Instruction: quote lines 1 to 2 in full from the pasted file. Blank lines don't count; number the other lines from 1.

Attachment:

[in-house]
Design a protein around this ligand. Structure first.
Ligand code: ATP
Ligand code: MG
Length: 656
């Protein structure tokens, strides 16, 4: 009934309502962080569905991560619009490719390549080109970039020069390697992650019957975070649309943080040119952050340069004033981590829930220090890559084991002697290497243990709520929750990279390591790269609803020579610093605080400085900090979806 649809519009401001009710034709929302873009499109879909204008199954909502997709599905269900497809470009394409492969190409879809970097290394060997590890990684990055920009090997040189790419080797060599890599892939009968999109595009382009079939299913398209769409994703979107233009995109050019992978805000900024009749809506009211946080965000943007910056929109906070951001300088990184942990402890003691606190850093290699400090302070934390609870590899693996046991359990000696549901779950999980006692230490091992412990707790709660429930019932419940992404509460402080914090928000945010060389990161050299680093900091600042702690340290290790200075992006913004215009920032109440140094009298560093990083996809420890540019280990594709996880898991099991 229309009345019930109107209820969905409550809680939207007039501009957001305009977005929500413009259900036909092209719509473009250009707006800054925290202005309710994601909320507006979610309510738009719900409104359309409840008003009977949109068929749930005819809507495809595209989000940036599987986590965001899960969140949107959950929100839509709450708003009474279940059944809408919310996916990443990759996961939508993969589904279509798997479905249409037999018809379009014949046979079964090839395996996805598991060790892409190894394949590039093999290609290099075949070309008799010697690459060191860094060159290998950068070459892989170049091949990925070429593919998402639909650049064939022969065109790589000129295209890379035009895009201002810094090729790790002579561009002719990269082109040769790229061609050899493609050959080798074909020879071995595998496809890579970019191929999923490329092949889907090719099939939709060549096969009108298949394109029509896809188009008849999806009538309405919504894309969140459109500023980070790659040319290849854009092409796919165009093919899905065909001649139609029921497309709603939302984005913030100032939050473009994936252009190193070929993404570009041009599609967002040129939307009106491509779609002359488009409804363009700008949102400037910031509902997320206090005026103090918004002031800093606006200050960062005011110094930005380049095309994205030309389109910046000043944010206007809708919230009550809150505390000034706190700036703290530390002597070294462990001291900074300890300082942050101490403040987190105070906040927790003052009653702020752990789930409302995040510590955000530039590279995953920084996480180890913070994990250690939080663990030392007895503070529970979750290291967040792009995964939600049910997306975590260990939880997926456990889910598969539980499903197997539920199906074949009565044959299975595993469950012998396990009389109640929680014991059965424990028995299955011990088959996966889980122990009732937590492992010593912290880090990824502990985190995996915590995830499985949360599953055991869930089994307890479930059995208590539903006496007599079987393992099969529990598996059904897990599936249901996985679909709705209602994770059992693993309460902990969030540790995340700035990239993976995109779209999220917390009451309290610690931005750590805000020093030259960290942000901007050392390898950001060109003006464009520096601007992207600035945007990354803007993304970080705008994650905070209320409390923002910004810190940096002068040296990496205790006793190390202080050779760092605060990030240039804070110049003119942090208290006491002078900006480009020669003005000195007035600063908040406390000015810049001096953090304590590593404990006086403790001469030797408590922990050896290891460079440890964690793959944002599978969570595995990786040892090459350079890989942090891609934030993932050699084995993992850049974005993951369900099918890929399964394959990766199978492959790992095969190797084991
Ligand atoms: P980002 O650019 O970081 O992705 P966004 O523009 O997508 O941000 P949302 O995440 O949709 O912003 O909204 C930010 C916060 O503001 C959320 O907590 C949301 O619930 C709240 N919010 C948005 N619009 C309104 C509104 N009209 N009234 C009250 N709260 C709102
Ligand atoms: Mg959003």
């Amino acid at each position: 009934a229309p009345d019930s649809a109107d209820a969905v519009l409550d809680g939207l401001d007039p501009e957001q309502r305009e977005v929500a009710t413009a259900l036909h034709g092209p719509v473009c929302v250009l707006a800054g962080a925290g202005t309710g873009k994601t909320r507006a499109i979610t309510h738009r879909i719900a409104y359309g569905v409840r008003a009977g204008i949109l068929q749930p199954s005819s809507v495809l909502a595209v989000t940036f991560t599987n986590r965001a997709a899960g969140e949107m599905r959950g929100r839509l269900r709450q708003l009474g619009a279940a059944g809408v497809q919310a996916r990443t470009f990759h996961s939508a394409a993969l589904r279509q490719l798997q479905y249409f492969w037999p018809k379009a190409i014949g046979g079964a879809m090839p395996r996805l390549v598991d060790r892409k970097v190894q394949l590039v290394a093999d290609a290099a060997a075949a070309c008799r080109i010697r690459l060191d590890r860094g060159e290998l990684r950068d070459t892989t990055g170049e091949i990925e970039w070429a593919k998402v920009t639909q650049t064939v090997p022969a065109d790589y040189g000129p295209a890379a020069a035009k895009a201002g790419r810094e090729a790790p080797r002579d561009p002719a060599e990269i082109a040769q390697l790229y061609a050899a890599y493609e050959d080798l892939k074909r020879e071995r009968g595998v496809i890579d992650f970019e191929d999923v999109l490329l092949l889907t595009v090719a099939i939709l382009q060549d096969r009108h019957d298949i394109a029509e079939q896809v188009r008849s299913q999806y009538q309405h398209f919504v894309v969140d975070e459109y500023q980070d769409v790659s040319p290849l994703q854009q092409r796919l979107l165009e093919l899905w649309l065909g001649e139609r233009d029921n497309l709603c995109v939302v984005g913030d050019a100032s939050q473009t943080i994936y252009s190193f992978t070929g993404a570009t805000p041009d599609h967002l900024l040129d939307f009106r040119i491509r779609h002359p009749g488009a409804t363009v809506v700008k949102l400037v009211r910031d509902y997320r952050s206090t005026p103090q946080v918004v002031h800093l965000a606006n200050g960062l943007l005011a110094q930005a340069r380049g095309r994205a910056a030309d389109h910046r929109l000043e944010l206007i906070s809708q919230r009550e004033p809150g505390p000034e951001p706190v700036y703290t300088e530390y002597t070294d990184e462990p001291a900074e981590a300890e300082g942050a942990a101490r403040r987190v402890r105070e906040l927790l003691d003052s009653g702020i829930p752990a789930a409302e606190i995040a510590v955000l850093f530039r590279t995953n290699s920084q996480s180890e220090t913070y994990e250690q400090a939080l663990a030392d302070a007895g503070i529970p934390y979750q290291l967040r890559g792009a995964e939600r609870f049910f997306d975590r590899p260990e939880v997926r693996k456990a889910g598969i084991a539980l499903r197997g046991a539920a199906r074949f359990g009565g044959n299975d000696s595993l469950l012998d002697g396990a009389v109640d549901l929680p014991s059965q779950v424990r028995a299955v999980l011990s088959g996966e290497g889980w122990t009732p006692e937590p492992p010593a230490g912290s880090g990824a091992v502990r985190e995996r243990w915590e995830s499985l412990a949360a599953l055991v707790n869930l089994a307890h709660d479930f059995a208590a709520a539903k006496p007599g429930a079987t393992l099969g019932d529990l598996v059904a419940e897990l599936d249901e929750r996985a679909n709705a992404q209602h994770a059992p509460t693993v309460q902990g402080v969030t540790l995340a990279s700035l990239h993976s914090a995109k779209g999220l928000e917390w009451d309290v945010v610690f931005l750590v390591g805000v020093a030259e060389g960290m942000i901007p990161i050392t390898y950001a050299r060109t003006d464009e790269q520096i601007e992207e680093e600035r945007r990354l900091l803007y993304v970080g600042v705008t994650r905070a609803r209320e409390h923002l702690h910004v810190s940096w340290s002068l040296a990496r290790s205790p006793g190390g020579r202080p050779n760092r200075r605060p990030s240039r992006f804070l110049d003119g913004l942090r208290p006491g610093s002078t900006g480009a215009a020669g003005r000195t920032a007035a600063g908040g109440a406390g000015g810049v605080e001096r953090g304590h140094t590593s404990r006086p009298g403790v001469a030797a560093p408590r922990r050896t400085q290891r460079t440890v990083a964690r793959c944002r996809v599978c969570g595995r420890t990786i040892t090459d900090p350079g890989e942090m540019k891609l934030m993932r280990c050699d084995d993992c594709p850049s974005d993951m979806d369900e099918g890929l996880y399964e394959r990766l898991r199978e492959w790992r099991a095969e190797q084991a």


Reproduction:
[in-house]
Design a protein around this ligand. Structure first.